"FX said, 'We want to give you a shot — we don't have a ton to spend — but we can give you creative and financial ownership down the line, so that if it's a great success, everyone profits,'" McElhenney says. "Because it was so cheap, they were able to keep it on the air when it wasn't doing well."
The cast worked for so little that first season that McElhenney kept his night job waiting tables. Ratings stayed low for the first three years, but once fans caught on, they embraced it in droves.
After season five, Sunny was a bona-fide hit. Landgraf applied a similar strategy to a succession of offbeat comedies like Wilfred, The League, the animated spy satire Archer and the Emmy-winning Louie, starring comedian Louis C.K.
"In comedy," Landgraf notes, "we had gone from being a pretender to a contender."
So successful has comedy been for FX that in September 2013, it launched FXX, a comedy-driven sibling featuring six comedies that launched on FX, plus movies and acquired series like Anger Management and Two and a Half Men.
FXX targets the coveted 18-to-34 demographic, while FX aims for 18 to 49s. FXM, the revamped Fox Movie Channel, rounds out the FX cable empire with a focus on viewers 25 to 54.
Like any TV exec, Landgraf has had his share of misses.
Comedies like Lucky and Starved, and dramas like Over There (created by Steven Bochco), The Riches, Dirt, Lights Out and the critically acclaimed Terriers (created by Shawn Ryan) failed to catch on.
As he'd promised, the network was not shy about taking risks. But in those early days, the community remained skeptical.
"People don't realize we had tons of nay-sayers when we started," Landgraf recalls. "They thought we were eccentric and kind of crazy. The prevailing wisdom was, basic cable can't afford to foster shows like network or premium [channels do].
"One network was very arrogant; they were like, 'What are these idiots doing?' Now they're throwing in the towel, realizing we kicked their ass, and they're coming in our direction."
FX’s recent track record backs up that bravado. Beginning in 2008, FX complemented its growing comedy brand with a seminal wave of dramas that, over the next six years, more than maintained the bar set by The Shield.
For starters, there were Sons of Anarchy, The Americans, and the Southern Gothic-flavored Justified, which accomplished something no network had managed — to successfully adapt famed crime writer Elmore Leonard to the small screen. (The show is based on the crime novelist's short story "Fire in the Hole.") Says Landgraf: "It was the TV show I'd been waiting for my whole career."
"Justified was a bit of a changeup for FX, because Raylan [Timothy Olyphant] is a hero, very unlike the antiheroes in The Shield or Rescue Me," says creator Graham Yost.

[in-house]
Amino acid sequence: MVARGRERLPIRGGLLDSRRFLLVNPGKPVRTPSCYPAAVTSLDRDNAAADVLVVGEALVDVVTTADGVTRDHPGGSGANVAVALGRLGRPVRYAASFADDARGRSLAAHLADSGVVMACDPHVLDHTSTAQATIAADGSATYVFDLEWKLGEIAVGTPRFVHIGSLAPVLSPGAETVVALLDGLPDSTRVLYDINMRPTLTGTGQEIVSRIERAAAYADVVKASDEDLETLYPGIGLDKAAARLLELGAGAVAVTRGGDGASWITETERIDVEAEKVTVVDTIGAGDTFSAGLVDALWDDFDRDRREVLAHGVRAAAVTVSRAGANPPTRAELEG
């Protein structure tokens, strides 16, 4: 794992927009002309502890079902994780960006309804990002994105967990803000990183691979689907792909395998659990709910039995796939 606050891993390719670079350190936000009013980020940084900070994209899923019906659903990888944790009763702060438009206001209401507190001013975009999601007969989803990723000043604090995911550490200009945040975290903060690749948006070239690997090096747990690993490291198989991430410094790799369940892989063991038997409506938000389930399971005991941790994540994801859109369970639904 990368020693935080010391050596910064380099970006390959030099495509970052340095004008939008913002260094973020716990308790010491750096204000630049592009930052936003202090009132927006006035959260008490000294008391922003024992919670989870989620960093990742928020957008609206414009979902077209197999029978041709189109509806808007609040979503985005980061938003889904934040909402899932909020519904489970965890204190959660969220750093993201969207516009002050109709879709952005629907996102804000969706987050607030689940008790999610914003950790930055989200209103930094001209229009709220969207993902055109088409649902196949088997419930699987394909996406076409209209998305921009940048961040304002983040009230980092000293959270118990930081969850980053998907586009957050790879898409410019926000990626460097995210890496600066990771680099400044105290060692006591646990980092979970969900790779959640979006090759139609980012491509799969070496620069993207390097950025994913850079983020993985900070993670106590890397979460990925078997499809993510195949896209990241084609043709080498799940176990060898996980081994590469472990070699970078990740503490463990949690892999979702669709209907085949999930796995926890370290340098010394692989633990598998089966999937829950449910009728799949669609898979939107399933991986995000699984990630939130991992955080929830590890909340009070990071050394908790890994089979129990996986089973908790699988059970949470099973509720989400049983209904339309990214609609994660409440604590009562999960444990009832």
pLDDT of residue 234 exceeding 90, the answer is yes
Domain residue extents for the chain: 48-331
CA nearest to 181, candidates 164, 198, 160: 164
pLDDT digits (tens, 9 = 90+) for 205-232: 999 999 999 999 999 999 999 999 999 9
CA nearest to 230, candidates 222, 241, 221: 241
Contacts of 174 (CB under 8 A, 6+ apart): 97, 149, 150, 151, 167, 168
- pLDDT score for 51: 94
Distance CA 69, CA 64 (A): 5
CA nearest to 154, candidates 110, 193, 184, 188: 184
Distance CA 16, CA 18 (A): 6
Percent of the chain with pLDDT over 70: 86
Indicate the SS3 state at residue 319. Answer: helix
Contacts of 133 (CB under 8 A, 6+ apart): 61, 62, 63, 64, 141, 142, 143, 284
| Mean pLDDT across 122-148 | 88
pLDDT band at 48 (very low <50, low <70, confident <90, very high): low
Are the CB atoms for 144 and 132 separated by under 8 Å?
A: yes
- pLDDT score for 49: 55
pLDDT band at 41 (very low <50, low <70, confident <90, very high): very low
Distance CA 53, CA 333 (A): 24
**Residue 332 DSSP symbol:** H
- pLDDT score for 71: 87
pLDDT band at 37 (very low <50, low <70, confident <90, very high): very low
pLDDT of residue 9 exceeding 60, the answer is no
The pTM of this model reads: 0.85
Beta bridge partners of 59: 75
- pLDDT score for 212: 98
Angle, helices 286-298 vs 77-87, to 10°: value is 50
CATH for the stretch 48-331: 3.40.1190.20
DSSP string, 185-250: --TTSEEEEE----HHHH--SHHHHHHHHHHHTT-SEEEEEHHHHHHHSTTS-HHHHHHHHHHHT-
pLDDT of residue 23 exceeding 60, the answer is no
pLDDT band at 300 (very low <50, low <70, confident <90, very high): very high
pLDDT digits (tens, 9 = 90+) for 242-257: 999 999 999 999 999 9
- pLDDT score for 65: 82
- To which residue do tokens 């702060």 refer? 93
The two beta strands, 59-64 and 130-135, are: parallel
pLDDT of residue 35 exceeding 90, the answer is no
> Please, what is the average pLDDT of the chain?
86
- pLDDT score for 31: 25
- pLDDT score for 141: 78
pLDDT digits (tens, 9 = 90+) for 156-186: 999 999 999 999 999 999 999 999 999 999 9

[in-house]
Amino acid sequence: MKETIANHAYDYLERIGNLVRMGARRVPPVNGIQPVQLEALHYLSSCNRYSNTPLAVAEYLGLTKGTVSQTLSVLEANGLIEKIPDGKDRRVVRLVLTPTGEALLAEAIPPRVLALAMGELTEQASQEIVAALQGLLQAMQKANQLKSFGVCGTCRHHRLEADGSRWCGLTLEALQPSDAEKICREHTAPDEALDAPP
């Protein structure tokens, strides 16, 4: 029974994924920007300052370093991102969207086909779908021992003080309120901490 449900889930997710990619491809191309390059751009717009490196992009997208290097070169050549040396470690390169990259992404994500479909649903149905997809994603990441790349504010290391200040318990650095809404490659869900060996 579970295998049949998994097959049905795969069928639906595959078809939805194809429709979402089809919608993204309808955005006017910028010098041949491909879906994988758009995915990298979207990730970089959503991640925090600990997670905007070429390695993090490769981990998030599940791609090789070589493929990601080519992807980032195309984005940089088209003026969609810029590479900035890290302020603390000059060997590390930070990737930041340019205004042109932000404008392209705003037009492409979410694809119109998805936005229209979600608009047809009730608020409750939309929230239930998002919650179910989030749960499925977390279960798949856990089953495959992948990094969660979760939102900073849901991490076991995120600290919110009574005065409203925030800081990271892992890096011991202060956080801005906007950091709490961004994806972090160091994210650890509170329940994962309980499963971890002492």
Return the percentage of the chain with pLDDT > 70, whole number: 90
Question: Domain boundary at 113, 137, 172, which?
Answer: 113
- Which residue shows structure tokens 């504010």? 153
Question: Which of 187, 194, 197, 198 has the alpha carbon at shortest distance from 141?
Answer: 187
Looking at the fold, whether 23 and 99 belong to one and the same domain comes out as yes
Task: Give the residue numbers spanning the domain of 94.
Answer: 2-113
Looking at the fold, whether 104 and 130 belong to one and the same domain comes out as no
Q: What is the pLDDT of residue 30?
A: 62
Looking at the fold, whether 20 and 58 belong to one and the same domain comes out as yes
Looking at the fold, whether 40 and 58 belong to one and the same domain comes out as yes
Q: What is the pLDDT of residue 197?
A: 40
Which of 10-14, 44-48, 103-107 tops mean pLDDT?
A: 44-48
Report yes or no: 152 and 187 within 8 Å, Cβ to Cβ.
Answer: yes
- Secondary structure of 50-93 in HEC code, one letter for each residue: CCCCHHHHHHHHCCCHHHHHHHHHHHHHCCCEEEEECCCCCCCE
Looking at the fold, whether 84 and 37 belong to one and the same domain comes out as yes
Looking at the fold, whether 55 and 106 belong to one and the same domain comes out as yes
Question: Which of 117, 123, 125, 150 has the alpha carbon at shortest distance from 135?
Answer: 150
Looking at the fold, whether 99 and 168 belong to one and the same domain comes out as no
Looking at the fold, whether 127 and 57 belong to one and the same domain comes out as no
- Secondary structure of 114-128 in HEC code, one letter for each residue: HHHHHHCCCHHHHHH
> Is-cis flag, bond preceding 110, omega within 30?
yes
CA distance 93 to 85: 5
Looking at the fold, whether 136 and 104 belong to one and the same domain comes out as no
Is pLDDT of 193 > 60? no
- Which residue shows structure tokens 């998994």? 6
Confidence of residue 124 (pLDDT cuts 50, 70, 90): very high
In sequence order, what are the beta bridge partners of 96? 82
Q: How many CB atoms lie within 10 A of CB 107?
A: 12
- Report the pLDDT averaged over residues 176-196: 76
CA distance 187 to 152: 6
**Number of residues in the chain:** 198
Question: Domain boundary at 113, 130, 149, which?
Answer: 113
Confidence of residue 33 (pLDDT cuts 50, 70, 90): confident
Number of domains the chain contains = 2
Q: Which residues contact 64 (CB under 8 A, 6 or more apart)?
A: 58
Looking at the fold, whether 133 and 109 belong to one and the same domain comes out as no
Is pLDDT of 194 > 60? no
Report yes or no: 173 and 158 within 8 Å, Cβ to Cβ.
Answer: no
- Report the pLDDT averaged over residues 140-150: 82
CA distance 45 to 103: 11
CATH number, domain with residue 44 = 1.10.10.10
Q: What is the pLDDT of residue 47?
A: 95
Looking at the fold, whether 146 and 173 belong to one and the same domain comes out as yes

"Raylan's not shooting his partner in the face or beating up his wife. Still, FX gets the show better than anyone."
Then there's the supernatural-themed American Horror Story, which pioneered a new twist on a format that hadn't been commercially successful in decades: the anthology.
"Nobody could figure out how to do it the way it had been done before," Landgraf says. "On an episodic basis, where you had an impresario like Alfred Hitchcock or Rod Serling as the common thread that helped tie it together."
AHS exec producer Ryan Murphy, who created the show with Brad Falchuk, found a solution: the story would change, not by episode, but by season (in 2014 it was revealed that the various seasons would somehow all tie together).
"Every year, it has to reinvent itself," Murphy says. "We have to come up with a new cast of characters, new setting, new legend, new vernacular. That's what makes it so creative — you never get stale or tired."
And because the actors only have to commit to a one-year deal (though many return for more), the show has been able to lure a formidable ensemble cast. Freak Show stars Jessica Lange, Sarah Paulson, Angela Bassett, Kathy Bates and Michael Chiklis; Lady Gaga has been announced for AHS season five.
"The fact that we get to come back year after year and they fashion some completely new insanity for us to play out is a plus," Bassett says. "It's thrilling."
"Think about the rarity of a new invention in TV formats," Landgraf marvels. "It happens periodically — it's a rare and wonderful thing when it does."
No longer content to see fx described as the "HBO network basic cable," Landgraf believes his network has carved out its own brand.
"We've taken this little basic-cable network that was not even in the original programming business 12 years ago, and we've built a juggernaut," he says.
"We've only made three drama pilots in the 11 years I've been here that haven't gone to series.... I think we bat more than .500 in terms of going to series and having [a show] stay on the air for its entire lifespan. I know now that we will always have compelling comedies, dramas and miniseries on the air."
Even as rivals multiply for the territory that FX helped define, Landgraf has set his sights on a single rival.
At the Television Critics Association press tour in January, he pointed out that FX accounted for 213 mentions on 115 year-end best-of lists compiled by critics — second only to HBO's 250. AMC came in third with 67.
"The race for the best in TV is really only a competition between two channels," Landgraf told the TCA audience. "The rest of the pack is way behind."
Photos by Steve Schofield
Watch the Cover shoot for American Horror Story HERE
Watch the cover shoot for Justified HERE
Watch the cover shoot for The Americans HERE
Watch the cover shoot for The Comedians HERE
Watch the cover shoot for Sex&Drugs&Rock&Roll HERE